Study: Corporate tax dodgers hurt California


Among its causes, the Occupy movement has highlighted what it calls "corporate greed." Now there's a study to back up those claims.

The Institute on Taxation and Economic Policy (ITEP) and Citizens for Tax Justice (CTJ) found what they call numerous tax dodgers when analyzing returns between 2008 and 2010 from all 50 states.

Averaging the past three years, the top three in California:

  • Healthcare information technology firm McKesson actually received a 1.5-percent refund from state income taxes.
  • Marketer Core-Mark Holding was also in negative territory, at minus 1 percent.
  • Silicon Valley giant Intel paid no state income taxes.

All were profitable in each of those years.

"Basically the system is kind of rigged for corporations to have it easier than people. So I'm really not surprised at these numbers," said Cesar Aguirre, an Occupy Sacramento participant.

The Institute for Research on Labor and Employment says when corporations pay no or low taxes, there's not enough money to support schools and other government services. The result: Budget cuts and maybe more budget cuts after that.

"We don't have the funds necessary to run the state. So it's extremely important that we get the tax base that is due here in California," said UC Berkeley economist Sylvia Allegretto.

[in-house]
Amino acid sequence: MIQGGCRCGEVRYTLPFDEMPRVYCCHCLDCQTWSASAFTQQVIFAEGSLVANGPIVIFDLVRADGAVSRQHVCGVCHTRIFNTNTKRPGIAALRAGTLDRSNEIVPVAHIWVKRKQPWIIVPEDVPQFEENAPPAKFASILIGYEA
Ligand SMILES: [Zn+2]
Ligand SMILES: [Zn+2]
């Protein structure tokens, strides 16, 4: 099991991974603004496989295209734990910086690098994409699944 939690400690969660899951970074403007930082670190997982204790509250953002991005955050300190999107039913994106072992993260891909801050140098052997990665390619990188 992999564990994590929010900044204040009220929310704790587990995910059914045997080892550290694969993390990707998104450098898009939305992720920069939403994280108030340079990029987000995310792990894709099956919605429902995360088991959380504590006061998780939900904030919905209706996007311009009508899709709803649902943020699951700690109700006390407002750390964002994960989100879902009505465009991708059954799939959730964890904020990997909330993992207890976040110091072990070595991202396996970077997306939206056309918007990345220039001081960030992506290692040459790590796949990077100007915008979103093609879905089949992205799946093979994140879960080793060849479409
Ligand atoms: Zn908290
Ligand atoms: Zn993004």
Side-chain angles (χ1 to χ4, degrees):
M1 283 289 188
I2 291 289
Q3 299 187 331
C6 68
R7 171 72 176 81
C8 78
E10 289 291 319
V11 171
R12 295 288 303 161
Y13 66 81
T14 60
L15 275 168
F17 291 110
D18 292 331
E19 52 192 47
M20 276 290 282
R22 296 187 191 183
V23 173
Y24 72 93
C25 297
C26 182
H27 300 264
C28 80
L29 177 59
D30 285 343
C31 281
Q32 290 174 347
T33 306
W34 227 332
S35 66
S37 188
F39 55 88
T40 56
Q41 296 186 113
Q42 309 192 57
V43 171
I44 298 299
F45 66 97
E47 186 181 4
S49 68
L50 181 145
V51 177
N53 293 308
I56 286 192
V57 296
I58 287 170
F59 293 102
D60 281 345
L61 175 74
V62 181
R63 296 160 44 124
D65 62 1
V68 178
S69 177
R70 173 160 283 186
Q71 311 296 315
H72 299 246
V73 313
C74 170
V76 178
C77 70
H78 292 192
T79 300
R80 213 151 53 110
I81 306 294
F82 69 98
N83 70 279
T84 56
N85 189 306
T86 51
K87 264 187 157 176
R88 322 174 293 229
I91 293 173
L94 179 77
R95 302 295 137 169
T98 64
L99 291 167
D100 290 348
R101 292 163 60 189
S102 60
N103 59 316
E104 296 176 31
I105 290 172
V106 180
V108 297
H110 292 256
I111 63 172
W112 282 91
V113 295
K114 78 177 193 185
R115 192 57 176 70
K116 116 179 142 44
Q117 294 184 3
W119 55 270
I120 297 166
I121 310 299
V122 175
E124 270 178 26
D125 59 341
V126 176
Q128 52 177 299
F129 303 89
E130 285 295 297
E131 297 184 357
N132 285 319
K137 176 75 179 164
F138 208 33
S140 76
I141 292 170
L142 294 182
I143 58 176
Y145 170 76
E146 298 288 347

It's important to point out no company is being accused of any wrongdoing.

The report says corporations get a lot of help avoiding their tax responsibilities from accounting firms, lobbyists and state lawmakers.

State Assemblyman Roger Dickinson (D-Sacramento) headed a hearing on wealth inequality this week and acknowledged government's role in fostering corporate tax breaks and loopholes, especially when jobs are promised in return.

"I think it's a fair criticism that we have tended to be much more responsive to those who have influence, who have economic resources and often times at the expense of those who are the most vulnerable among us," said Dickinson, the committee chairman.

Meanwhile there are still more than 2 million Californians out of work, a number that hasn't budged much during the tax period studied.

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